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Virus persistence and recrudescence after Ebola virus disease: what are the risks to healthcare workers?

      The 2013–2016 epidemic of Ebola virus disease (EVD) in West Africa demonstrated stark limitations in knowledge, but also provided an opportunity to enhance understanding of this dangerous and often mysterious disease. Albeit unwelcome, the sheer magnitude of almost 30,000 cases in West Africa provides a much larger sample size from which observations can be made, augmented by the 27 cases seen in advanced medical settings in Europe and the USA where more detailed clinical observation and laboratory analysis were often possible. Perhaps at the top of the list of new and sometimes surprising findings are those that relate to sequelae, delayed virus clearance and recrudescent disease in EVD survivors.
      Prior to reports from the West African outbreak, only two controlled studies of EVD survivors had been published.
      • Rowe A.K.
      • Bertolli J.
      • Khan A.S.
      • et al.
      Clinical, virologic, and immunologic follow-up of convalescent Ebola hemorrhagic fever patients and their household contacts, Kikwit, Democratic Republic of the Congo. Commission de Lutte contre les Epidemies a Kikwit.
      • Clark D.V.
      • Kibuuka H.
      • Millard M.
      • et al.
      Long-term sequelae after Ebola virus disease in Bundibugyo, Uganda: a retrospective cohort study.
      Both highlighted an array of sequelae lasting months to years, including extreme fatigue, anorexia, headache, arthralgia, myalgia, abdominal pain, sleep disturbance, hearing loss and visual disturbances. However, neither study incorporated the detailed microbiological and physical examination (especially ocular, audiometric and mental health examinations) required for a thorough understanding of EVD sequelae and associated pathogenesis. Reports emerging in the wake of the massive outbreak in West Africa corroborate and expand earlier findings. These include the observation of new ocular symptoms in over 60% of EVD survivors, with sight-threatening uveitis in 18.1% of cases, some of whom progress to early cataract formation.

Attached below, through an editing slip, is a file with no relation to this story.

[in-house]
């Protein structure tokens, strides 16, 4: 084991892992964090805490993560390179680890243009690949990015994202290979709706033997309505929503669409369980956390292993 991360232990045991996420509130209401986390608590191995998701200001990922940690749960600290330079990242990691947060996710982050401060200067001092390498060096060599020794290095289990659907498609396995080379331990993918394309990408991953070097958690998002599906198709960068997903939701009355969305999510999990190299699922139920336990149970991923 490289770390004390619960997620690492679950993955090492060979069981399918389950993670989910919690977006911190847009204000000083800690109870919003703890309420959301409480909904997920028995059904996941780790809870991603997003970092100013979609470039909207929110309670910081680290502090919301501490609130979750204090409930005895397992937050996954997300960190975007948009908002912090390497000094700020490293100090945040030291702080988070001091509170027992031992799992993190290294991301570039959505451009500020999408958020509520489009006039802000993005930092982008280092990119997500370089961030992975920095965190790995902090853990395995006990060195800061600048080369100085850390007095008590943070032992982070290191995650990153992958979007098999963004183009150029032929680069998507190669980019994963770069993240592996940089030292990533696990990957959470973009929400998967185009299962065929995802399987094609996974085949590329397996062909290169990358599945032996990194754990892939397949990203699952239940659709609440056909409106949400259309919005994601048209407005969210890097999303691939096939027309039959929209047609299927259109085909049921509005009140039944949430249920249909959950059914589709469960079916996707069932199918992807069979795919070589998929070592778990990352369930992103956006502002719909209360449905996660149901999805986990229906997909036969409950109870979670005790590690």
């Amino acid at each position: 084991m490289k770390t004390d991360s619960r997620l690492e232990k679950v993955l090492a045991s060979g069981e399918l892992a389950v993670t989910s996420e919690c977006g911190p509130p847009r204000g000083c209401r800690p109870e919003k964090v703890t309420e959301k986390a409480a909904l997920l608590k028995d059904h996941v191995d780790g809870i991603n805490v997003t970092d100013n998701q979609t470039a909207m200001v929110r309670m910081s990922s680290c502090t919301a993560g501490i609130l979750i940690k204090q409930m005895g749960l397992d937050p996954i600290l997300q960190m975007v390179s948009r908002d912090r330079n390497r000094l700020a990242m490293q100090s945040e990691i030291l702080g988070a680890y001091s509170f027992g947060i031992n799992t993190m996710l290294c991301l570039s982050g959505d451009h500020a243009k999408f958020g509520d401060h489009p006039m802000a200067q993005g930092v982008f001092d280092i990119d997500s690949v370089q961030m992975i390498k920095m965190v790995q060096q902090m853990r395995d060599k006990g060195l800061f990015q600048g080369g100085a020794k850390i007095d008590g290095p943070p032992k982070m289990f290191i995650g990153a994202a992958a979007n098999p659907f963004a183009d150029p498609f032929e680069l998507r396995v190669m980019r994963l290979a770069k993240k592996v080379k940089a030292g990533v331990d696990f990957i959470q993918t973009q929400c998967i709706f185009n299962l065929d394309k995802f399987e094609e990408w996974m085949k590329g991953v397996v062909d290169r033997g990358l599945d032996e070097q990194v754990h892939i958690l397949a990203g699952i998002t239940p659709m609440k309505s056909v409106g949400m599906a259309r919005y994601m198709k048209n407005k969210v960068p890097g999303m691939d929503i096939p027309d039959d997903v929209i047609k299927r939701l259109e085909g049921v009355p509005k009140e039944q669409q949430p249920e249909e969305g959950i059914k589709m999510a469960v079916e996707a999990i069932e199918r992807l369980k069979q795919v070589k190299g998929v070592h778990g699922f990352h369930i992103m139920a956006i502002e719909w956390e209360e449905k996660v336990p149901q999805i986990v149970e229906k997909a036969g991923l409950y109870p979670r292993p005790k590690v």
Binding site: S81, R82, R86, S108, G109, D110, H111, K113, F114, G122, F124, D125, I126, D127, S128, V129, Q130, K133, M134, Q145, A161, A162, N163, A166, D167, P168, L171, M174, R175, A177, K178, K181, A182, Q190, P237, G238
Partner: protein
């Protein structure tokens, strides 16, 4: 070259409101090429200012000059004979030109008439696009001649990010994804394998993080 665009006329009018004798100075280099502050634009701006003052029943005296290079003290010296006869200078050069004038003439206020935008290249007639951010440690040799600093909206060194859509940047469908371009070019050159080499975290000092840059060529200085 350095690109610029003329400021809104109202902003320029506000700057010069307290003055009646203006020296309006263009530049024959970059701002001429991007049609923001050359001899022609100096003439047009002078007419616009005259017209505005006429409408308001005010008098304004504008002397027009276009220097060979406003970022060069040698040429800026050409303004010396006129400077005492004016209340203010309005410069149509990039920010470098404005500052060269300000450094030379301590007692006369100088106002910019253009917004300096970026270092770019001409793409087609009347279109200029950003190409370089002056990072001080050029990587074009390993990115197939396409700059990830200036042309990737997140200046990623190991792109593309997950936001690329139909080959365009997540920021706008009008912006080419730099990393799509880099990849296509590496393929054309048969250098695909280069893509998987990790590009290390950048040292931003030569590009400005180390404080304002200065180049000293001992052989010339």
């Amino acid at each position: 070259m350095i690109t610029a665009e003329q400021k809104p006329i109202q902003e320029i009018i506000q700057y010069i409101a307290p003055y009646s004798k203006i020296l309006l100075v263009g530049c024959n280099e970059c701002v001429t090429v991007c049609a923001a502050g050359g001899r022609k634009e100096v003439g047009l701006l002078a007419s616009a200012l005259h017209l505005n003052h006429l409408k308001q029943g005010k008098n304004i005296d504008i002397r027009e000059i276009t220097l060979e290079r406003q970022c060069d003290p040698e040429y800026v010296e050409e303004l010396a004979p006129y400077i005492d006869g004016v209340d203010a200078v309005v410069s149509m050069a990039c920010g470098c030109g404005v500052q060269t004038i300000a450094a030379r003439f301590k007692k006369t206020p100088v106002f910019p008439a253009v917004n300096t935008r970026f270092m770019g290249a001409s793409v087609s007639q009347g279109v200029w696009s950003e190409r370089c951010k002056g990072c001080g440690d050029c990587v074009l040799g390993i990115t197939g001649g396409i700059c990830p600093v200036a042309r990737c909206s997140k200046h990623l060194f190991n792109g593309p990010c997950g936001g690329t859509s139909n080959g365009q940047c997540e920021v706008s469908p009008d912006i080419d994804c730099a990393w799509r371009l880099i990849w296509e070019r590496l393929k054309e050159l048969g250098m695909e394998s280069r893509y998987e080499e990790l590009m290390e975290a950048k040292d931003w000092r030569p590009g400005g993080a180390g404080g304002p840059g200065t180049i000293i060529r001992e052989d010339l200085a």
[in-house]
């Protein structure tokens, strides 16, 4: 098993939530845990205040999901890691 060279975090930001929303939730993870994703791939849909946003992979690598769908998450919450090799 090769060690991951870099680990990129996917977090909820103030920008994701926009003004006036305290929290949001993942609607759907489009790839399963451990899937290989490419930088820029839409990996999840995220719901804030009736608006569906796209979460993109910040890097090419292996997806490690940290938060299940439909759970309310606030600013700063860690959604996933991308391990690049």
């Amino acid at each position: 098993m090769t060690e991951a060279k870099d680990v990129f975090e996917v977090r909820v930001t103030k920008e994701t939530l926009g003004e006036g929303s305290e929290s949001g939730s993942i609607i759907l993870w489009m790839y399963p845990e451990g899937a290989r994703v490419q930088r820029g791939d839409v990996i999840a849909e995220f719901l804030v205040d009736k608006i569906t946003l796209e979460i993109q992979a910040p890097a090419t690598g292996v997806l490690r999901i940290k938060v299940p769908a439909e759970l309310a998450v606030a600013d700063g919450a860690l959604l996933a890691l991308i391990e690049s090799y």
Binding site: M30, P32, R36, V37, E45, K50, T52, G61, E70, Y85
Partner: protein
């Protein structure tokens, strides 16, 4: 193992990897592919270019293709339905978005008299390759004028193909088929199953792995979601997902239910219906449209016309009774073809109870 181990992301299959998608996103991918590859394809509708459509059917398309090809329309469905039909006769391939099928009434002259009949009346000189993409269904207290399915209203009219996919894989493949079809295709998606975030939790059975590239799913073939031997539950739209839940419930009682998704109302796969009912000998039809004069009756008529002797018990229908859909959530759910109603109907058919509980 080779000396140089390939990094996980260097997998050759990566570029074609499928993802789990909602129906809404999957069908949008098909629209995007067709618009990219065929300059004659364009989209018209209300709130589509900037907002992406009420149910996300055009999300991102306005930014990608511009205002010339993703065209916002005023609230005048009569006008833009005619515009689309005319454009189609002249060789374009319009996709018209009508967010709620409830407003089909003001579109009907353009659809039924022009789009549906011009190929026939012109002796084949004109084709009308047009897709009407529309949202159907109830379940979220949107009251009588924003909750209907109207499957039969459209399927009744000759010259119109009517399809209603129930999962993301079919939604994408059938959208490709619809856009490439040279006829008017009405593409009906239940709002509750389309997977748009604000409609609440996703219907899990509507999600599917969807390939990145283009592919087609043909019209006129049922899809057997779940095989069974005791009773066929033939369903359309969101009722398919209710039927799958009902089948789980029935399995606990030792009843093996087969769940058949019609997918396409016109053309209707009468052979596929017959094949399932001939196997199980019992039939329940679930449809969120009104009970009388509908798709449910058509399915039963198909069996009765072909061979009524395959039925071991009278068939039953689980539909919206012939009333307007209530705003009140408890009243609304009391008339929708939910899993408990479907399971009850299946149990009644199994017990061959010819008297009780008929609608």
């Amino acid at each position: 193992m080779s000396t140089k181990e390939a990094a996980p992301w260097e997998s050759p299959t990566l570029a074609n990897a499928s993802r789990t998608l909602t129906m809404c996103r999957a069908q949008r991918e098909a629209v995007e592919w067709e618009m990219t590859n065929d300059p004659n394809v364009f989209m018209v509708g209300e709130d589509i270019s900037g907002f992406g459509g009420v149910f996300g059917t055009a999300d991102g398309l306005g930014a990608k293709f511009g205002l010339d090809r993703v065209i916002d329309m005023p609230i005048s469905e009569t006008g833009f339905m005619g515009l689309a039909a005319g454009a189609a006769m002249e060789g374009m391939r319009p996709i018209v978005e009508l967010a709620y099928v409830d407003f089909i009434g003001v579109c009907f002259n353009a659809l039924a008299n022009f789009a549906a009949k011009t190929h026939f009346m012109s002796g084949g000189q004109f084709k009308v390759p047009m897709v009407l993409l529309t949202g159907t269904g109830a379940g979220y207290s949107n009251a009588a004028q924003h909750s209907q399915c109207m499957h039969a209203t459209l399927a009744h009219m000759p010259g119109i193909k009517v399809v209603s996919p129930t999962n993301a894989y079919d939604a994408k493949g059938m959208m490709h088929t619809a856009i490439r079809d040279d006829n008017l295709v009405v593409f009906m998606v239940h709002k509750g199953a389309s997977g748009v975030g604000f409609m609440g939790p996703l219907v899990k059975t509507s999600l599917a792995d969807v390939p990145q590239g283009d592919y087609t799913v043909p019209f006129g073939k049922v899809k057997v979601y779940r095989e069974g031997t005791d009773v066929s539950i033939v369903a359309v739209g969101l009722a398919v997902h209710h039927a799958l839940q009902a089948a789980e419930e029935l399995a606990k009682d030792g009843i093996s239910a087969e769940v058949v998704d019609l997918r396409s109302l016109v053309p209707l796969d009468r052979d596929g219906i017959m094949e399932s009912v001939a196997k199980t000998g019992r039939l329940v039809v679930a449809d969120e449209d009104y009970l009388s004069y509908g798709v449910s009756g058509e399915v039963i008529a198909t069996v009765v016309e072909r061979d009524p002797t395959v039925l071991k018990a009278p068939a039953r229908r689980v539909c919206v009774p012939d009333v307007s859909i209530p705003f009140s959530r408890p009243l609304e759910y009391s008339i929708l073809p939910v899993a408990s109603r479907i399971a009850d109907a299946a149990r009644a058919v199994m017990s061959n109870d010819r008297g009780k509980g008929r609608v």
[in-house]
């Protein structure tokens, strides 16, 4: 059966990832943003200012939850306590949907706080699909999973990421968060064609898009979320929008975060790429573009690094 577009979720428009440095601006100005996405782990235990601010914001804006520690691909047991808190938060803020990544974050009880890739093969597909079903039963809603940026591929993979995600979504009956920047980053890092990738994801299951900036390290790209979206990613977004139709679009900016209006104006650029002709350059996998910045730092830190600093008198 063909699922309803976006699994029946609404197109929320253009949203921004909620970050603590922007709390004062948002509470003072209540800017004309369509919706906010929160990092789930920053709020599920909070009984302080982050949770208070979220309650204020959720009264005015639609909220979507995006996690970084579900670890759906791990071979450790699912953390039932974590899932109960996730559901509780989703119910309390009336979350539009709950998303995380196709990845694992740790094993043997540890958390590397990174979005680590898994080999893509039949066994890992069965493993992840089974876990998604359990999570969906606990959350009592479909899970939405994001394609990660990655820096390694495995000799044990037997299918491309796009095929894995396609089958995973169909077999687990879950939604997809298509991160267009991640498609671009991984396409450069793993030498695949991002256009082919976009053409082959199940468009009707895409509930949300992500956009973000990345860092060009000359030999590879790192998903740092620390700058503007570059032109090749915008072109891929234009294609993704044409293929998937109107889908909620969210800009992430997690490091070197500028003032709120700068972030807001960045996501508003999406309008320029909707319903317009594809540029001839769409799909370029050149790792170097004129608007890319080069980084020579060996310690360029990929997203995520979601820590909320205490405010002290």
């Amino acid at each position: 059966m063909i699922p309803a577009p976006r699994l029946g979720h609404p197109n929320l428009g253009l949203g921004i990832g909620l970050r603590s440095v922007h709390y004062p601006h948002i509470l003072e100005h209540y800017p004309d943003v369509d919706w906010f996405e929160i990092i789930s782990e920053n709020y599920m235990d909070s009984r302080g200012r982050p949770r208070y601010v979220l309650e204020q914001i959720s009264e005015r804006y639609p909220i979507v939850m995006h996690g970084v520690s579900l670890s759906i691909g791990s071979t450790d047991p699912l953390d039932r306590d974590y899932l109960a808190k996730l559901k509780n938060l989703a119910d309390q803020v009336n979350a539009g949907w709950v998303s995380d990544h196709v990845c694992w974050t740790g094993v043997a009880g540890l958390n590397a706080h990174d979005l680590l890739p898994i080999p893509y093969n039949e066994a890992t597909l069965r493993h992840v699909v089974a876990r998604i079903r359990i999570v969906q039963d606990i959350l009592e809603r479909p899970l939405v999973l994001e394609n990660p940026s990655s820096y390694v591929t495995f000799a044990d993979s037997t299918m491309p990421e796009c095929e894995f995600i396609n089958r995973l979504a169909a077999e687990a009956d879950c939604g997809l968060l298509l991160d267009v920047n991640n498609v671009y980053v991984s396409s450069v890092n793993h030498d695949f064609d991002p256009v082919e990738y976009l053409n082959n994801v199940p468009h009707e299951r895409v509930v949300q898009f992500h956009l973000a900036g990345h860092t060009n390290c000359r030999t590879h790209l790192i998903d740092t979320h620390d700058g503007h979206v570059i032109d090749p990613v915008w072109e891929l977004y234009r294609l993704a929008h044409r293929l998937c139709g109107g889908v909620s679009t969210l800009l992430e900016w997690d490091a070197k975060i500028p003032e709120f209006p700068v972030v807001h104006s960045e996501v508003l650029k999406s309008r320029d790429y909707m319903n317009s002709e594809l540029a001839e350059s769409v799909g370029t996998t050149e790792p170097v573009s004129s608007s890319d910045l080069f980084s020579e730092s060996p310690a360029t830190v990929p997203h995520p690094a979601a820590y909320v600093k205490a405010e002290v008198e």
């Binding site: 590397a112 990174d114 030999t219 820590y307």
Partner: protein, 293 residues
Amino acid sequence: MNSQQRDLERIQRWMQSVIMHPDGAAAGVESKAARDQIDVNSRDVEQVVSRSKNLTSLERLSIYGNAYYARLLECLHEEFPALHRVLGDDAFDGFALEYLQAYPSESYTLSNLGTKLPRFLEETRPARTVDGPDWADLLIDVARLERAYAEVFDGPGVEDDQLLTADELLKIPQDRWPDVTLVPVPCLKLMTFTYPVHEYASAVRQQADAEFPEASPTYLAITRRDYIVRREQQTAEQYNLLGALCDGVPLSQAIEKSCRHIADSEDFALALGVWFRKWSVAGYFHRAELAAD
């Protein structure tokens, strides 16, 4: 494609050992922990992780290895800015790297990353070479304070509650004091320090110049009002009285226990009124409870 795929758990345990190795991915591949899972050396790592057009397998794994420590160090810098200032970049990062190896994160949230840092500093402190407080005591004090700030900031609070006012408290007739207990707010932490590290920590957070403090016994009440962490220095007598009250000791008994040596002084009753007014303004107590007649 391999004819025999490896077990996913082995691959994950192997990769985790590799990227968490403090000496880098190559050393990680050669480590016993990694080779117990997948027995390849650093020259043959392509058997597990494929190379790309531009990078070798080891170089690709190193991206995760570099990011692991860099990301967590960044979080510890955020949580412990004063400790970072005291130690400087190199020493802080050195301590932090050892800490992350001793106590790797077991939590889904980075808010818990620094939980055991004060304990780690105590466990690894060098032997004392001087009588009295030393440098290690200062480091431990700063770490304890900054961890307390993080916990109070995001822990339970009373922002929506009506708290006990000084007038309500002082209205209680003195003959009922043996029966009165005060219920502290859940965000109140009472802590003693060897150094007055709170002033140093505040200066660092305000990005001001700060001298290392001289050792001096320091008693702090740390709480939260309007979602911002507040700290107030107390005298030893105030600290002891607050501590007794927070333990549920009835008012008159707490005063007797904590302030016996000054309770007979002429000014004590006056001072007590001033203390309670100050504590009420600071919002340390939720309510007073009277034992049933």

• Mattia J.G.
      • Chang J.C.
      • Platt D.E.
      • et al.
      Early clinical sequelae of Ebola virus disease in Sierra Leone: a cross-sectional study.
      • Vetter P.
      • Kaiser L.
      • Schibler M.
      • Ciglenecki I.
      • Bausch D.G.
      Sequelae of Ebola virus disease: the emergency within the emergency.
      Neurological deficits, including seizures, and various skin problems have also been noted.
      • Vetter P.
      • Kaiser L.
      • Schibler M.
      • Ciglenecki I.
      • Bausch D.G.
      Sequelae of Ebola virus disease: the emergency within the emergency.
      Lastly, mental health sequelae are unsurprisingly common in survivors and their family members and communities, including sleep and memory disturbances, anxiety disorders, depression, post-traumatic stress disorder and survivors' guilt.
      The underlying pathogenesis of EVD sequelae is not well understood, but anecdotal observations suggest that at least some sequelae relate to virus persistence for months or even years in selected immunologically protected tissue compartments and fluids. These include the testes/semen; chambers of the eye; central nervous system/cerebrospinal fluid (CSF); and the fetus, placenta and amniotic sac/fluid of women infected during pregnancy (Figure 1).
      • Vetter P.
      • Kaiser L.
      • Schibler M.
      • Ciglenecki I.
      • Bausch D.G.
      Sequelae of Ebola virus disease: the emergency within the emergency.